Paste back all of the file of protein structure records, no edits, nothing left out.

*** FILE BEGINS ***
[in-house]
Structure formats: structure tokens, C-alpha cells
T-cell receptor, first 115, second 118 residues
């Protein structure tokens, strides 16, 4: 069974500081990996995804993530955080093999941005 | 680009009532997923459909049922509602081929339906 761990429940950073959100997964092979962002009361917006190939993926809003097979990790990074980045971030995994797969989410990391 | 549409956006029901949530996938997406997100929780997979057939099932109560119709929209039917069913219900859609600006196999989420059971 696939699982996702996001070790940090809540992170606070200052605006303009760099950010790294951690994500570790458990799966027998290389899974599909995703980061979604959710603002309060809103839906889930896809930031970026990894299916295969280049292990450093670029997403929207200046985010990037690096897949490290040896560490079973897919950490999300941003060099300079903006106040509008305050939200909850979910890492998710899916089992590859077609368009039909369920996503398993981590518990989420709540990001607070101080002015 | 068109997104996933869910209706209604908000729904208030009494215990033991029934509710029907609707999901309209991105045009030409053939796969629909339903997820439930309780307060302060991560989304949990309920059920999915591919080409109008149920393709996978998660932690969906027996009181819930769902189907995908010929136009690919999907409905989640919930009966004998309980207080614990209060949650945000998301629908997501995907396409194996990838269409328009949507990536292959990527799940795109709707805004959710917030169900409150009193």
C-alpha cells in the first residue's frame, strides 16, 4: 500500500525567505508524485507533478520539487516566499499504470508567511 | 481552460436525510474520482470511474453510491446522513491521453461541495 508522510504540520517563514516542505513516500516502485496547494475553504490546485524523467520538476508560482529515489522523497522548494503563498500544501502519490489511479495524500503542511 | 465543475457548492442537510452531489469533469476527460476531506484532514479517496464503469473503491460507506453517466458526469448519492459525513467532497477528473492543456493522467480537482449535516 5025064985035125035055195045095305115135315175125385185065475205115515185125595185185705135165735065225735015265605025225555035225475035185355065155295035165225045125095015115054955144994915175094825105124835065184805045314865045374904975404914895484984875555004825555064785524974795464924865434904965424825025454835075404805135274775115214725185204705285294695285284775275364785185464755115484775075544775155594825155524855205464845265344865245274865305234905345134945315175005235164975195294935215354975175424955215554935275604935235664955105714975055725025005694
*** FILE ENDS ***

[in-house]
Structure formats: structure tokens, C-alpha cells
T-cell receptor, first 115, second 118 residues
């Protein structure tokens, strides 16, 4: 069974500081990996995804993530955080093999941005 | 680009009532997923459909049922509602081929339906 761990429940950073959100997964092979962002009361917006190939993926809003097979990790990074980045971030995994797969989410990391 | 549409956006029901949530996938997406997100929780997979057939099932109560119709929209039917069913219900859609600006196999989420059971 696939699982996702996001070790940090809540992170606070200052605006303009760099950010790294951690994500570790458990799966027998290389899974599909995703980061979604959710603002309060809103839906889930896809930031970026990894299916295969280049292990450093670029997403929207200046985010990037690096897949490290040896560490079973897919950490999300941003060099300079903006106040509008305050939200909850979910890492998710899916089992590859077609368009039909369920996503398993981590518990989420709540990001607070101080002015 | 068109997104996933869910209706209604908000729904208030009494215990033991029934509710029907609707999901309209991105045009030409053939796969629909339903997820439930309780307060302060991560989304949990309920059920999915591919080409109008149920393709996978998660932690969906027996009181819930769902189907995908010929136009690919999907409905989640919930009966004998309980207080614990209060949650945000998301629908997501995907396409194996990838269409328009949507990536292959990527799940795109709707805004959710917030169900409150009193």
C-alpha cells in the first residue's frame, strides 16, 4: 500500500525567505508524485507533478520539487516566499499504470508567511 | 481552460436525510474520482470511474453510491446522513491521453461541495 508522510504540520517563514516542505513516500516502485496547494475553504490546485524523467520538476508560482529515489522523497522548494503563498500544501502519490489511479495524500503542511 | 465543475457548492442537510452531489469533469476527460476531506484532514479517496464503469473503491460507506453517466458526469448519492459525513467532497477528473492543456493522467480537482449535516 5025064985035125035055195045095305115135315175125385185065475205115515185125595185185705135165735065225735015265605025225555035225475035185355065155295035165225045125095015115054955144994915175094825105124835065184805045314865045374904975404914895484984875555004825555064785524974795464924865434904965424825025454835075404805135274775115214725185204705285294695285284775275364785185464755115484775075544775155594825155524855205464845265344865245274865305234905345134945315175005235164975195294935215354975175424955215554935275604935235664955105714975055725025005694